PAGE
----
“Therefore, there is a media structure, an advanced political and commercial relationship. Naturally there are politicians and traders who exploit this. If you look at the Wikileaks files again, I believe that many of them will appear in there,” he said. “Those who take steps forward in the region and in Kurdistan walk upon the centres of power and relations built of self-interest.”
“Such a base was formed in South Kurdistan. I believe that many things can be more clearly understood when we look at the World Trade Center in Istanbul, at the volume of trade there of the companies based in South Kurdistan and the businesses they are engaged in.”
“I say one thing as a person who stayed in the region for many long years,” Işık noted, “I can confidently say that KDP Chair Masoud Barzani is not involved in this dirty business to the degree we have mentioned. But Masoud Barzani is a political figure who needs to be convinced in this respect. I believe that influential groups from all four parts of Kurdistan should come together, explain their thoughts to Mr. Masoud Barzani and ensure that a dialogue is established with the PKK.”
Sharing his comments regarding the tension between the KDP and the PKK he said: “The recent statements of Murat Karayılan (one of the co-founders of the PKK) broadcast on Sterk TV had a great impact. He had a very sincere and friendly approach. Karayılan’s statements came across as sincere to many people, whether they were members of the KDP, or the PUK, or people from other parties.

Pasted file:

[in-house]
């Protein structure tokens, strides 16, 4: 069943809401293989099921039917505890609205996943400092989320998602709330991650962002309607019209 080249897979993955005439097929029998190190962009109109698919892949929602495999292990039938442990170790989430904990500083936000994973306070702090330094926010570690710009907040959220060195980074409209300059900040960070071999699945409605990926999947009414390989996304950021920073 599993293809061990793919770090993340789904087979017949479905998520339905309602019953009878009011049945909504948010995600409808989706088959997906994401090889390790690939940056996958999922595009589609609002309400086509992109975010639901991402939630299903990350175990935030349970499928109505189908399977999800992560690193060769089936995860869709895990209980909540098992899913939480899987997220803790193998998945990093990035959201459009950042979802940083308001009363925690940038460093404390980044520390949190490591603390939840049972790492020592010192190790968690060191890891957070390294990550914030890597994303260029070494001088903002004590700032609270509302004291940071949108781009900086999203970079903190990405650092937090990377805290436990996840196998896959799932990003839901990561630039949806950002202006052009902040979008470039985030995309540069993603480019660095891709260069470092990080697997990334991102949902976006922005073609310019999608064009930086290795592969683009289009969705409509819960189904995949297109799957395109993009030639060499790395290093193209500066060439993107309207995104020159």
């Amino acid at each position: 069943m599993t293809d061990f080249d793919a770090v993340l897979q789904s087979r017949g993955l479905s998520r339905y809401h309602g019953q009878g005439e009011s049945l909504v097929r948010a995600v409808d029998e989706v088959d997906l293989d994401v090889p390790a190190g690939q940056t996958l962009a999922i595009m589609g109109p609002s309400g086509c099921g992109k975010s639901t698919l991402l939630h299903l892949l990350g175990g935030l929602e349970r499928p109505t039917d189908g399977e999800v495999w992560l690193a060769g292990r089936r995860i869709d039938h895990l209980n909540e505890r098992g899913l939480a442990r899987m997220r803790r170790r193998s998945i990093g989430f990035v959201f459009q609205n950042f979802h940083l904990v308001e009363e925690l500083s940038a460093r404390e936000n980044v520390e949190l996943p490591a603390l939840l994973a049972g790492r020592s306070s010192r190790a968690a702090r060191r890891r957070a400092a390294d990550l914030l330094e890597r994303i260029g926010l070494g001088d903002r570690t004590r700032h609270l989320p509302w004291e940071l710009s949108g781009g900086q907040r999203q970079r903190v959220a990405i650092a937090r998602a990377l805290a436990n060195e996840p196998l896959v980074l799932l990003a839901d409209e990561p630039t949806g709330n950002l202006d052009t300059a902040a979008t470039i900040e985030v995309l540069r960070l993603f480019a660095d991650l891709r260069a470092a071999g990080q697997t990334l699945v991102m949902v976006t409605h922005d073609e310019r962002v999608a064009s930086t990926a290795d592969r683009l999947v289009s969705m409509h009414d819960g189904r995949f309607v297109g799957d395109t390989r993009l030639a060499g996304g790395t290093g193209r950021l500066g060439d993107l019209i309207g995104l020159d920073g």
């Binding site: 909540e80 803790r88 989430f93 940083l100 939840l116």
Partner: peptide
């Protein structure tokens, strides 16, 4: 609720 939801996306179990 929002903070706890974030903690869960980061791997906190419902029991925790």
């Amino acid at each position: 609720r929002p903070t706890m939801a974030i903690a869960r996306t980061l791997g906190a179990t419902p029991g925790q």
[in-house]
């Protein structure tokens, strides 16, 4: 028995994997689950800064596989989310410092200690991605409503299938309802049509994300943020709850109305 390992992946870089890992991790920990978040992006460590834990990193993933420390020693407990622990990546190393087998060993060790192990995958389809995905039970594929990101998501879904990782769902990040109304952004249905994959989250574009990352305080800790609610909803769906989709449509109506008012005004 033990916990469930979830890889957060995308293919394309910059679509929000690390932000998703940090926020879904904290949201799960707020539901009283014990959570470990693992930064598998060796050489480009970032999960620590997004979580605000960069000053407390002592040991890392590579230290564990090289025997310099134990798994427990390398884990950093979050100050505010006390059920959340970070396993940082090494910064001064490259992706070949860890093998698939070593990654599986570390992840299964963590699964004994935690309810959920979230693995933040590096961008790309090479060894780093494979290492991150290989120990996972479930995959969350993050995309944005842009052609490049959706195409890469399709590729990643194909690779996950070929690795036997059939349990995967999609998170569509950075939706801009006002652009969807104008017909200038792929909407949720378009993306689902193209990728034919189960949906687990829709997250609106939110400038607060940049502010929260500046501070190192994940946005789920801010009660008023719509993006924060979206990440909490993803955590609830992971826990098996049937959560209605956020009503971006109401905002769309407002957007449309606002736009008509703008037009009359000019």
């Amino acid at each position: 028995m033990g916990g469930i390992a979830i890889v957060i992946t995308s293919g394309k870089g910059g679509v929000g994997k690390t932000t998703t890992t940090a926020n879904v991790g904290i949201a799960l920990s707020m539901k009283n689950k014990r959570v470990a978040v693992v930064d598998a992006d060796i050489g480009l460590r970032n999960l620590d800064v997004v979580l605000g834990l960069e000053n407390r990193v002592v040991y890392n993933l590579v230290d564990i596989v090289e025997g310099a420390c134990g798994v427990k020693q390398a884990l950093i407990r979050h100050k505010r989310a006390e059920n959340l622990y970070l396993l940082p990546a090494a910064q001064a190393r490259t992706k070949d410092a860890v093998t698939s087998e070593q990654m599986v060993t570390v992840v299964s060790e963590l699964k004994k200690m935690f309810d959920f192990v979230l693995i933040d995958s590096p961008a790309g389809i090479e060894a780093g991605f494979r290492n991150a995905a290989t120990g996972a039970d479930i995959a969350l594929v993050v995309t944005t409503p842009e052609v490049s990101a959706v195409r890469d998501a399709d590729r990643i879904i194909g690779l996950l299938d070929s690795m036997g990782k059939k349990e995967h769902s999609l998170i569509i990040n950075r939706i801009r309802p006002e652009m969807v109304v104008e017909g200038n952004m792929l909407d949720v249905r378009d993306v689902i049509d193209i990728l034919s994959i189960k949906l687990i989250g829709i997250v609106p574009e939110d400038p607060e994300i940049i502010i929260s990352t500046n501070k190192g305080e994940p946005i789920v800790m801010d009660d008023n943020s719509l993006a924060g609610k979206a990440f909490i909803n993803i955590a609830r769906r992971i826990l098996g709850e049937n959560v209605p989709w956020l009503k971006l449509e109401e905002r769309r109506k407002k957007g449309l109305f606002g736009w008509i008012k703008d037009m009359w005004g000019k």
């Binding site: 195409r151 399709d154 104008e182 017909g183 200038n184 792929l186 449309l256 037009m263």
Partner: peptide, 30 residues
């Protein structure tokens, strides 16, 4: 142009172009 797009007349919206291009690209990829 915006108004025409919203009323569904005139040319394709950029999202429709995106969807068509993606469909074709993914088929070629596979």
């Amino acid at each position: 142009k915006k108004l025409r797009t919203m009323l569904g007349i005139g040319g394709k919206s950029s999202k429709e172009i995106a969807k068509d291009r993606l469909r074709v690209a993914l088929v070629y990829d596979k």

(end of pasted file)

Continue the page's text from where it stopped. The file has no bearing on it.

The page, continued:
“We had the opportunity to talk to many of them in the meantime. This is a very good opportunity and a good chance. The Kurds should evaluate such an approach, such a chance. All parties should take responsibility in this regard, because there is literally no time, no time at all. We all follow the region closely, there is a very dangerous picture there.”
He continued: “Before, when Turkish soldiers came to these areas, PKK forces would re-enter the areas and carry out actions there so that the Turkish military could not stay there permanently, because they were suffering too many losses.
“But now peshmerga – I am even bothered by calling them peshmerga, let us say the military forces affiliated with the KDP, because personally I do not believe that true peshmerga would do such a thing – move into the areas that are evacuated after those bombings.
“Karayılan also announced that the PKK had been instructed not to respond to the peshmerga in any way. So now the Turkish forces are starting to advance there. The PKK is making efforts to avoid a heated conflict. Karayılan expressed this very clearly. But how far can this go? You surround the [PKK] guerrilla there on all four sides in Metina, and at the same time, they are bombed from above, and when they withdraw, you settle in the areas they have left. This is not a situation that will persist.”
“One thing is very clear,” Işık further noted, “Turkey wants to establish a permanent sultanate in the Middle East and it aims to extend its sovereignty to 2071. Erdogan will not live that long, but he wants his mentality and dynasty to maintain power until 2071. We must prevent this.”
“The main event that would carry Erdoğan’s mentality to 2071 is a war between Kurds. It’s that simple. They destroyed Kurdish homes a hundred years ago too, but the Kurds today are not where they were 100 years ago. The Kurds are much stronger today,” he said.
“There is a federal state in South Kurdistan. There is an autonomous administration in Rojava. These are both huge achievements. The war between the Kurds has the potential to destroy all this. We should all see these facts.”